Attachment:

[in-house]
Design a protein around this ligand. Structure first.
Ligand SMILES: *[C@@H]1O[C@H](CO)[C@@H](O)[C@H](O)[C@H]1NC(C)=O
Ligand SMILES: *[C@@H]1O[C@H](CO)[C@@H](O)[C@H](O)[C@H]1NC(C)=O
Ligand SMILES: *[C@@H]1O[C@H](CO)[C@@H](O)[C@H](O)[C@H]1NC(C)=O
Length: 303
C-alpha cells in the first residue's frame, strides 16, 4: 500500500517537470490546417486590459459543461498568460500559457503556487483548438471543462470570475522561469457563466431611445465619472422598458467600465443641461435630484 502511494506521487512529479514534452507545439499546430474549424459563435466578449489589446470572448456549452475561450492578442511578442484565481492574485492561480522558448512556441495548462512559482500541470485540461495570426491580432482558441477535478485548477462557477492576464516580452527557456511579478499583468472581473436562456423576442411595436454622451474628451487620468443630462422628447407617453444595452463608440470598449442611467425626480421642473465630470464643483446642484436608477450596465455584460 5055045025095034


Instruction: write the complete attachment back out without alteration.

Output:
[in-house]
Design a protein around this ligand. Structure first.
Ligand SMILES: *[C@@H]1O[C@H](CO)[C@@H](O)[C@H](O)[C@H]1NC(C)=O
Ligand SMILES: *[C@@H]1O[C@H](CO)[C@@H](O)[C@H](O)[C@H]1NC(C)=O
Ligand SMILES: *[C@@H]1O[C@H](CO)[C@@H](O)[C@H](O)[C@H]1NC(C)=O
Length: 303
C-alpha cells in the first residue's frame, strides 16, 4: 500500500517537470490546417486590459459543461498568460500559457503556487483548438471543462470570475522561469457563466431611445465619472422598458467600465443641461435630484 502511494506521487512529479514534452507545439499546430474549424459563435466578449489589446470572448456549452475561450492578442511578442484565481492574485492561480522558448512556441495548462512559482500541470485540461495570426491580432482558441477535478485548477462557477492576464516580452527557456511579478499583468472581473436562456423576442411595436454622451474628451487620468443630462422628447407617453444595452463608440470598449442611467425626480421642473465630470464643483446642484436608477450596465455584460 5055045025095034